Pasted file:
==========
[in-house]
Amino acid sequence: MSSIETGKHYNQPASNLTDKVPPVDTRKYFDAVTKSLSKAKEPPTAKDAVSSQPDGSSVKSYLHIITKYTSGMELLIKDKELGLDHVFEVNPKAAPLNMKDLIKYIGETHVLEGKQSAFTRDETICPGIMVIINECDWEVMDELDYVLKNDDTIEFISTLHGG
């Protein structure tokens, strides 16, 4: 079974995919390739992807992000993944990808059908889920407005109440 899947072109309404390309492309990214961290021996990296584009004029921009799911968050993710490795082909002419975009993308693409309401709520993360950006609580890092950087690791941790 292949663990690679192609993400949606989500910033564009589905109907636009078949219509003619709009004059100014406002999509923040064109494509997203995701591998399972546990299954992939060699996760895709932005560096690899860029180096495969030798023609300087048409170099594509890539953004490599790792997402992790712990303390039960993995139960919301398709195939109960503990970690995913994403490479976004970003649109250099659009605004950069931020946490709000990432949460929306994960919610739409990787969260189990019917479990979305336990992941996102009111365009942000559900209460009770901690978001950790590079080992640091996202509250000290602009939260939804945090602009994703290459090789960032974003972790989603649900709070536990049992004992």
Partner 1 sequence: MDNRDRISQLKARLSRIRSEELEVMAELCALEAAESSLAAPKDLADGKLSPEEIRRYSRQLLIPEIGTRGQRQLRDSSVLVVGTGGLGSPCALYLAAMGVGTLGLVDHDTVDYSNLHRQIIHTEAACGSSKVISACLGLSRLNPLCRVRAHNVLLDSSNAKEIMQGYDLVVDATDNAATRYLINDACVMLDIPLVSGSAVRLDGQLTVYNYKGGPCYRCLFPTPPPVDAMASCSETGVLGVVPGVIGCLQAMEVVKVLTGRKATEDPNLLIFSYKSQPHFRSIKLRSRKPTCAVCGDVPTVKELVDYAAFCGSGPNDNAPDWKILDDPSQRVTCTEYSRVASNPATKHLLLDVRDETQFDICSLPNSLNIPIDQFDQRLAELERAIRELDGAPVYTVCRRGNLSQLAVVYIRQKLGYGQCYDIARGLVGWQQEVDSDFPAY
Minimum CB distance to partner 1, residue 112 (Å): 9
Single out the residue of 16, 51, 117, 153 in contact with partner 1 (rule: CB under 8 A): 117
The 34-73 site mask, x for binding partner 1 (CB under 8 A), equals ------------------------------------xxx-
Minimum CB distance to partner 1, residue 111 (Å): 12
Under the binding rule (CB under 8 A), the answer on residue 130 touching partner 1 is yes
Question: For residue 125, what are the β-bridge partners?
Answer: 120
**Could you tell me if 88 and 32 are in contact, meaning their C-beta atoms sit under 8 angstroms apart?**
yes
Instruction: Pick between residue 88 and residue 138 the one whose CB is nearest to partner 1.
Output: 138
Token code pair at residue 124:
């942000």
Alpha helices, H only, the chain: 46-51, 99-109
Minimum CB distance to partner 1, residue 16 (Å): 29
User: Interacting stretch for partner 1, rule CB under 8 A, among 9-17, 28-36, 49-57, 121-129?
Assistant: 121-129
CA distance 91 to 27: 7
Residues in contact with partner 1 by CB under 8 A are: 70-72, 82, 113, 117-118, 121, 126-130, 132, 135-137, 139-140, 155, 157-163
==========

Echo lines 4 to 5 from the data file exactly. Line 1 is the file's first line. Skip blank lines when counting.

Partner 1 sequence: MDNRDRISQLKARLSRIRSEELEVMAELCALEAAESSLAAPKDLADGKLSPEEIRRYSRQLLIPEIGTRGQRQLRDSSVLVVGTGGLGSPCALYLAAMGVGTLGLVDHDTVDYSNLHRQIIHTEAACGSSKVISACLGLSRLNPLCRVRAHNVLLDSSNAKEIMQGYDLVVDATDNAATRYLINDACVMLDIPLVSGSAVRLDGQLTVYNYKGGPCYRCLFPTPPPVDAMASCSETGVLGVVPGVIGCLQAMEVVKVLTGRKATEDPNLLIFSYKSQPHFRSIKLRSRKPTCAVCGDVPTVKELVDYAAFCGSGPNDNAPDWKILDDPSQRVTCTEYSRVASNPATKHLLLDVRDETQFDICSLPNSLNIPIDQFDQRLAELERAIRELDGAPVYTVCRRGNLSQLAVVYIRQKLGYGQCYDIARGLVGWQQEVDSDFPAY
Minimum CB distance to partner 1, residue 112 (Å): 9